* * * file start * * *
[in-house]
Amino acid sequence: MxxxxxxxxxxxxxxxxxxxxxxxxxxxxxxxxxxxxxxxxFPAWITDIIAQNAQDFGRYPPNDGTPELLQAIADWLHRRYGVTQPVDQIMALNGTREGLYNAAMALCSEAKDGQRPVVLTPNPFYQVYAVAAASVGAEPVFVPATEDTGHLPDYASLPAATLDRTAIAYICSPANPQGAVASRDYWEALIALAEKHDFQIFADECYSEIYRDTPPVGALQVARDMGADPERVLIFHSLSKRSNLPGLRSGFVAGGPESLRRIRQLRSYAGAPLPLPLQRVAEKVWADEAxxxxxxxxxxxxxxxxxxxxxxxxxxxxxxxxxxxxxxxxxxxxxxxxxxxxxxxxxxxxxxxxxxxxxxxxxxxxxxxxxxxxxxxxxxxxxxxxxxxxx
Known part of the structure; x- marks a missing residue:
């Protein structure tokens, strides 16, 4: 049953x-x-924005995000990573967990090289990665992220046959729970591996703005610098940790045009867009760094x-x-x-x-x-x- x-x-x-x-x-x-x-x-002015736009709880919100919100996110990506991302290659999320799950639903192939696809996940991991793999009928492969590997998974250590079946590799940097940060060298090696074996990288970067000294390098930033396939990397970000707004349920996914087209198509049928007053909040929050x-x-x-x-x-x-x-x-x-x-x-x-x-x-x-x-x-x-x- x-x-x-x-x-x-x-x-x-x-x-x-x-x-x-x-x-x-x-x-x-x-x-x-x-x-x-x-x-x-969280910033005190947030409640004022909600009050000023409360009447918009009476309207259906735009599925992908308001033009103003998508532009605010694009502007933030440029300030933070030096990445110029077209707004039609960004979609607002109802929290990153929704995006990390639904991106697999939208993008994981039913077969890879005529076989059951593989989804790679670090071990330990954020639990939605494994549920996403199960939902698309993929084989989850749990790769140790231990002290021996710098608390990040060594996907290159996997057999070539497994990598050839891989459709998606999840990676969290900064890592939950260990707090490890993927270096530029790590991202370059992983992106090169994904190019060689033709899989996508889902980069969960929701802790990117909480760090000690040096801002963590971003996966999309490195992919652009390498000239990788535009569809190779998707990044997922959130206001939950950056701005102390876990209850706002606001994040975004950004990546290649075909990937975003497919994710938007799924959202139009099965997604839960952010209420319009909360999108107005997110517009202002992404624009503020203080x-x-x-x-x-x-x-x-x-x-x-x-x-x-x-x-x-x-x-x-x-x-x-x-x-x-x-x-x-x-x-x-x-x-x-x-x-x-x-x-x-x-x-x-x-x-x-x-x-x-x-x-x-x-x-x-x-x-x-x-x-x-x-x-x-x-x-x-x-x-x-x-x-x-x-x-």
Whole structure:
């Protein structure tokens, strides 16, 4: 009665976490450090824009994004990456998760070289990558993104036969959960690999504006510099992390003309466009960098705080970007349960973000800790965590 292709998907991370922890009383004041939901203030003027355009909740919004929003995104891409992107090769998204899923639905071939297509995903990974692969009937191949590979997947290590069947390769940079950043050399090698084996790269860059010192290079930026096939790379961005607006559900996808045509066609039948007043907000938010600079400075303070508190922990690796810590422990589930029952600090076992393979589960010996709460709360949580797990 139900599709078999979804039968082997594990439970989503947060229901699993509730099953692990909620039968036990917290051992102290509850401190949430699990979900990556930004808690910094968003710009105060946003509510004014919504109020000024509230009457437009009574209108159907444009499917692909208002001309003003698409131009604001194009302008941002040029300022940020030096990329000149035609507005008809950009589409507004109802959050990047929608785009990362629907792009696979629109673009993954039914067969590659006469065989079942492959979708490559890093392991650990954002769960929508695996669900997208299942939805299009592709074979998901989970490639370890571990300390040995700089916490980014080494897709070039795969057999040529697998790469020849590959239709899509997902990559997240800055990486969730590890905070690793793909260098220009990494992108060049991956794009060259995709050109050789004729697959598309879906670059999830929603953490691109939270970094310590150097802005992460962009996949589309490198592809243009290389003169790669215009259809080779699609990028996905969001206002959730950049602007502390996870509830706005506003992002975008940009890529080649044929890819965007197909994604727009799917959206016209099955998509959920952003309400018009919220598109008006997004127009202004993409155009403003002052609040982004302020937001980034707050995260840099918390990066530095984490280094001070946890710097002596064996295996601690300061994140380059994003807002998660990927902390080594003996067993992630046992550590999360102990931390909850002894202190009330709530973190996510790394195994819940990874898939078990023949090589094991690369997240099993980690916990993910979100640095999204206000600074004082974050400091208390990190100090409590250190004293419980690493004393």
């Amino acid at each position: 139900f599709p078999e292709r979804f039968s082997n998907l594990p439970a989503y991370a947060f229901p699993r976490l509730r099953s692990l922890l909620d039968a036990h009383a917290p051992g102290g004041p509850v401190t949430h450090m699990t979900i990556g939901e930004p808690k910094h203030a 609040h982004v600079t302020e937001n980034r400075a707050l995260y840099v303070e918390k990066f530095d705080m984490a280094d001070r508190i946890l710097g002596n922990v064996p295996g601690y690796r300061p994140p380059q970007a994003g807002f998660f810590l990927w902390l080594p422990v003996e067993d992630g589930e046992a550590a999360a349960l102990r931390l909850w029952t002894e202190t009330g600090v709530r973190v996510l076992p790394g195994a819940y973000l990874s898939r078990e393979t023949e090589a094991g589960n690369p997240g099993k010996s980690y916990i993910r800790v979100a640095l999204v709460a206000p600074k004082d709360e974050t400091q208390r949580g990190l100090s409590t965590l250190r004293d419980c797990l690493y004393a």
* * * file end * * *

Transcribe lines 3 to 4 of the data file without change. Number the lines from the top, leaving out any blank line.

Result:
Known part of the structure; x- marks a missing residue:
């Protein structure tokens, strides 16, 4: 049953x-x-924005995000990573967990090289990665992220046959729970591996703005610098940790045009867009760094x-x-x-x-x-x- x-x-x-x-x-x-x-x-002015736009709880919100919100996110990506991302290659999320799950639903192939696809996940991991793999009928492969590997998974250590079946590799940097940060060298090696074996990288970067000294390098930033396939990397970000707004349920996914087209198509049928007053909040929050x-x-x-x-x-x-x-x-x-x-x-x-x-x-x-x-x-x-x- x-x-x-x-x-x-x-x-x-x-x-x-x-x-x-x-x-x-x-x-x-x-x-x-x-x-x-x-x-x-969280910033005190947030409640004022909600009050000023409360009447918009009476309207259906735009599925992908308001033009103003998508532009605010694009502007933030440029300030933070030096990445110029077209707004039609960004979609607002109802929290990153929704995006990390639904991106697999939208993008994981039913077969890879005529076989059951593989989804790679670090071990330990954020639990939605494994549920996403199960939902698309993929084989989850749990790769140790231990002290021996710098608390990040060594996907290159996997057999070539497994990598050839891989459709998606999840990676969290900064890592939950260990707090490890993927270096530029790590991202370059992983992106090169994904190019060689033709899989996508889902980069969960929701802790990117909480760090000690040096801002963590971003996966999309490195992919652009390498000239990788535009569809190779998707990044997922959130206001939950950056701005102390876990209850706002606001994040975004950004990546290649075909990937975003497919994710938007799924959202139009099965997604839960952010209420319009909360999108107005997110517009202002992404624009503020203080x-x-x-x-x-x-x-x-x-x-x-x-x-x-x-x-x-x-x-x-x-x-x-x-x-x-x-x-x-x-x-x-x-x-x-x-x-x-x-x-x-x-x-x-x-x-x-x-x-x-x-x-x-x-x-x-x-x-x-x-x-x-x-x-x-x-x-x-x-x-x-x-x-x-x-x-």